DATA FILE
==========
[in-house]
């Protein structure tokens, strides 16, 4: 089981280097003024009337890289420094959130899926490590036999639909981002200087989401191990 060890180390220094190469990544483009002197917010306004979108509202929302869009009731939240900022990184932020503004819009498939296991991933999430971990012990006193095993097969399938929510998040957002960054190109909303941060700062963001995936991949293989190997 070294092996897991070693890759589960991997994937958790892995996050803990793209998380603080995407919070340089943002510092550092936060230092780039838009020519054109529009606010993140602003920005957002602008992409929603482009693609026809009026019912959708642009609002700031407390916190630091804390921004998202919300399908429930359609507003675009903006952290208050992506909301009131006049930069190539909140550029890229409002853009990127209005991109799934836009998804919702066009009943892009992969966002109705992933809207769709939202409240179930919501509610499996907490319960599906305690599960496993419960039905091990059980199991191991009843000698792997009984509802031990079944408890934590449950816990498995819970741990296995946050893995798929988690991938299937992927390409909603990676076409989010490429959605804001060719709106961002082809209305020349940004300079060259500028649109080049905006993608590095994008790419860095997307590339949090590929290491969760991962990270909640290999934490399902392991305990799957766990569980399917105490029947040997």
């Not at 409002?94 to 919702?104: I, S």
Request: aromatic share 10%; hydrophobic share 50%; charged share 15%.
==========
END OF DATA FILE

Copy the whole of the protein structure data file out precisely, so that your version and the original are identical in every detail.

[in-house]
């Protein structure tokens, strides 16, 4: 089981280097003024009337890289420094959130899926490590036999639909981002200087989401191990 060890180390220094190469990544483009002197917010306004979108509202929302869009009731939240900022990184932020503004819009498939296991991933999430971990012990006193095993097969399938929510998040957002960054190109909303941060700062963001995936991949293989190997 070294092996897991070693890759589960991997994937958790892995996050803990793209998380603080995407919070340089943002510092550092936060230092780039838009020519054109529009606010993140602003920005957002602008992409929603482009693609026809009026019912959708642009609002700031407390916190630091804390921004998202919300399908429930359609507003675009903006952290208050992506909301009131006049930069190539909140550029890229409002853009990127209005991109799934836009998804919702066009009943892009992969966002109705992933809207769709939202409240179930919501509610499996907490319960599906305690599960496993419960039905091990059980199991191991009843000698792997009984509802031990079944408890934590449950816990498995819970741990296995946050893995798929988690991938299937992927390409909603990676076409989010490429959605804001060719709106961002082809209305020349940004300079060259500028649109080049905006993608590095994008790419860095997307590339949090590929290491969760991962990270909640290999934490399902392991305990799957766990569980399917105490029947040997």
């Not at 409002?94 to 919702?104: I, S």
Request: aromatic share 10%; hydrophobic share 50%; charged share 15%.